But this year, local millionaire Christel DeHaan hired Edison to run her troubled charter school.
Edison Schools Inc. has been touted as the leader in the business of managing public schools for over 12 years. Founded in 1992 by Christopher Whittle, Edison became the darling of anti-government, union busting, market-worshipping entities. Whittle claimed that by injecting market values into education he could educate children better and more cheaply than wasteful, unionized public schools. Edison was soon running dozens of public schools around the nation.
Even with all the contracts, Edison was unable to make a profit and in 1999 a desperate Whittle took the company public with a stock offering. At the time, New York business writer Chris Byron wryly noted in TheStreet.com, “Edison Schools [is] a deal underwritten by Merrill Lynch that seeks to raise ... $172.5 million so that a smooth-talking media hustler named Chris Whittle won’t have to throw in the towel on his back firing business jalopy.”
Edison’s stock soared to $36 before crashing to 14 cents a share. Running public schools wasn’t the cakewalk Whittle had envisioned and, according to SEC filings, by last year the floundering company had lost $354 million. By then a leading education investment firm and early Edison backer, Leeds Weld & Co., had completely lost faith in school privatization. Leeds announced in August that it would no longer invest in education businesses like Edison due to the “political risks.”
Edison was saved with $182 million from the Florida Retirement System (FRS). FRS is a pension fund for public employees, nearly half of whom are the very teachers Edison has been striving to privatize. According to an article in The Nation by David Moberg, “A network of GOP contributors, lobbyists and investment managers had an interest in pleasing Jeb Bush and saving Edison.” Jeb Bush has been a strong advocate of privatization and school vouchers — he is also one of only three Florida state officials who oversee the retirement system.
With a $4.6 million grant from Lilly Foundation, Perry Township hired Edison in October 2001 to manage two brand new schools. Since the township is spending $839 (17 percent) more per Edison student than on the other students, much was expected of the experiment.
When asked in a phone interview about Edison’s performance, Max Oldham, associate superintendent of Perry Township, said, “It’s been terrific ... high parent satisfaction and test scores appropriate for the socioeconomic mix of the schools.” While Oldham later admitted that those scores were among the lowest in the district, he relentlessly defended Edison, and he went on to predict, “After two or three years when Edison’s approach really takes effect ... I’ll put the Edison kids up against anyone else’s.” Rosa Parks had indeed just opened but the other Edison school, Jeremiah Gray, was in its second year and its scores were all “below predicted” or “far below predicted.” The Lilly grant runs out this year so the school district will be paying the entire $1.3 million for Edison’s annual services. Nancy VanMeter of the American Federation of Teachers said most school districts have been unwilling to shortchange other children to “enhance Edison coffers.” In spite of Edison’s uninspiring record in Perry Township and elsewhere, Perry officials handed them an additional $300,000 contract to do “diagnostic assessments” for the district. Which brings us to the most recent Edison contract in Marion County.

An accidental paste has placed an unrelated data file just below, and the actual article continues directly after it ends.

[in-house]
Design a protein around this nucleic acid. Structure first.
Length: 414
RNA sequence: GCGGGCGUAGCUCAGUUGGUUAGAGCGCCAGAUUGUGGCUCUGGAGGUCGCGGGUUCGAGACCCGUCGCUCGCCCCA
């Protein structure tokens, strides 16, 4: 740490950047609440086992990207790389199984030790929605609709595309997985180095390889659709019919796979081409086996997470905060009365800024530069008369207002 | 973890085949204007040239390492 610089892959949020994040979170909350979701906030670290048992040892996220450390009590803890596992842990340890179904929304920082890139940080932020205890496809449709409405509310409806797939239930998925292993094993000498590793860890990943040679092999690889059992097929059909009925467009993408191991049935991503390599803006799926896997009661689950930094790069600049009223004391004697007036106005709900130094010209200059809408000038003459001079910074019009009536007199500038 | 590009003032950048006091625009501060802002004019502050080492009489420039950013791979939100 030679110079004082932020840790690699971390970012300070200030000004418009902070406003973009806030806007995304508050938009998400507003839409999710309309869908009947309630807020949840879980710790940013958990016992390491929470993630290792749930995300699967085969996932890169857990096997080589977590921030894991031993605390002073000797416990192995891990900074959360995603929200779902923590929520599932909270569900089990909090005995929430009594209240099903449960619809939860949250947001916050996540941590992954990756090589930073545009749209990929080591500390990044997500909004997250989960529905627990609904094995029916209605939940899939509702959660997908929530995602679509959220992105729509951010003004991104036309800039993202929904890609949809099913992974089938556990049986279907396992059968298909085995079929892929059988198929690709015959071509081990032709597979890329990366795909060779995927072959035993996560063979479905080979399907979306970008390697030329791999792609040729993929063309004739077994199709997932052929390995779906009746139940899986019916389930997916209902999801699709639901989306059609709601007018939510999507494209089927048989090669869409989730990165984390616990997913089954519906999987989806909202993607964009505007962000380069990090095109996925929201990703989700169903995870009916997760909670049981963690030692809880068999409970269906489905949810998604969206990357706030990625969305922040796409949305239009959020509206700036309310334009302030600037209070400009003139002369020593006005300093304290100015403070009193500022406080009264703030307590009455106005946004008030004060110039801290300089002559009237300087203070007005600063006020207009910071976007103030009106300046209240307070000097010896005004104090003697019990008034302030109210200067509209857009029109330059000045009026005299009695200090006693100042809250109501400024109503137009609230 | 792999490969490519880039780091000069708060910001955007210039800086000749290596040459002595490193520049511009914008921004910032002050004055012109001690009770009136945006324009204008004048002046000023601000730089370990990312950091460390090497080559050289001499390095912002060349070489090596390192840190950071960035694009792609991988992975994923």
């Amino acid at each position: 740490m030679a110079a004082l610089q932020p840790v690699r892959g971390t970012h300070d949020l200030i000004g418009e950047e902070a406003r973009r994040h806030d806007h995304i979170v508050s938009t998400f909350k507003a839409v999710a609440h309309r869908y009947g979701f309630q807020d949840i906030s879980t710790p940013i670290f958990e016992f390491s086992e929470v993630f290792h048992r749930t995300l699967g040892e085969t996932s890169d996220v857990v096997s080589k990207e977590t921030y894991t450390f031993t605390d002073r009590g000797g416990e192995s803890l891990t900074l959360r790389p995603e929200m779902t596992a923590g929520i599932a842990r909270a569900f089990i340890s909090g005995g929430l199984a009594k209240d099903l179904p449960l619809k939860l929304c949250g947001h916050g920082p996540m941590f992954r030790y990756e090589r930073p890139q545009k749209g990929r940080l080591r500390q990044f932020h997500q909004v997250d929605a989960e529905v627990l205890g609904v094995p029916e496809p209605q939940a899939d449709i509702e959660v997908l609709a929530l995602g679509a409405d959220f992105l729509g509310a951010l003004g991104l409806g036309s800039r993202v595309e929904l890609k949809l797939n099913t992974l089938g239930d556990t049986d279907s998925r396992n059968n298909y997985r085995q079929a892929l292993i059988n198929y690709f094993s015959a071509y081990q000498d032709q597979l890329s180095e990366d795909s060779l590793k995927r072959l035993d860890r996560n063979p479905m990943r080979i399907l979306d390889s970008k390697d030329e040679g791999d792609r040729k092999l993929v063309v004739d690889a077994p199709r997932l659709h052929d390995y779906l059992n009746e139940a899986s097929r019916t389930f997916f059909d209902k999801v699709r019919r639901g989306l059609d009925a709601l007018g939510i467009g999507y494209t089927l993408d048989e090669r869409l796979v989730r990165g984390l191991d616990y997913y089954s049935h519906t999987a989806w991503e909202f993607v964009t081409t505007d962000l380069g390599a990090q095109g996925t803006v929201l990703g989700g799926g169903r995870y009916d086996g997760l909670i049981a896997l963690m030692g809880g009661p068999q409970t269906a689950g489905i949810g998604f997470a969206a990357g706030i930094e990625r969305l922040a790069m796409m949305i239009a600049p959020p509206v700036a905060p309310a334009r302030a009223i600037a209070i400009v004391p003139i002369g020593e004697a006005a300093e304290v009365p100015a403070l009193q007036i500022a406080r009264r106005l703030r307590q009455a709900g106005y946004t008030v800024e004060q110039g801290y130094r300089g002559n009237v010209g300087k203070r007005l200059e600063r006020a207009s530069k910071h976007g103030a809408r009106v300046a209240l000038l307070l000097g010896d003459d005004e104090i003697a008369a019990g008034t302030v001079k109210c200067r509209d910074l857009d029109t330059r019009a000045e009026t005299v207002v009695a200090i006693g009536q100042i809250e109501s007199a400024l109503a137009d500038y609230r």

Christel DeHaan recently announced she is hiring Edison for $3 million to operate her charter school, Christel House. Opened in the fall of 2002 and subsidized with public funds, Christel House is on its third principal, has experienced low test scores and multiple teacher firings. Michelle Thompson, global education director for Christel House, said that Edison is “aligned very closely with our philosophical beliefs.” She notes that charter schools like Christel House provide an alternative to the “challenges public schools face bureaucratically and with teacher unions.”
Christel House/Edison teachers have opted out of the union and will subsequently work 24 more days per year than their public school colleagues. Thompson said Christel House will have a longer school day and school year and teachers will make comparable wages to public schools.
It’s been shown repeatedly that what passes for bad government is, in fact, bad contracting. Indianapolis has been a brimming petri dish of privatization experiments for years but have these market solutions improved life for residents? A recent university study shows that since 1991, Indianapolis has invested less public money in roads, schools and other infrastructure than the rest of the nation. The study’s author, Sam Nunn, predicts that “quality of life” here could slide if the trend continues.
Jack Miller is a freelance writer and co-author of To Market, To Market: Reinventing Indianapolis. He is the coordinator for the Indiana Alliance for Democracy and past president of the Hoosier Environmental Council.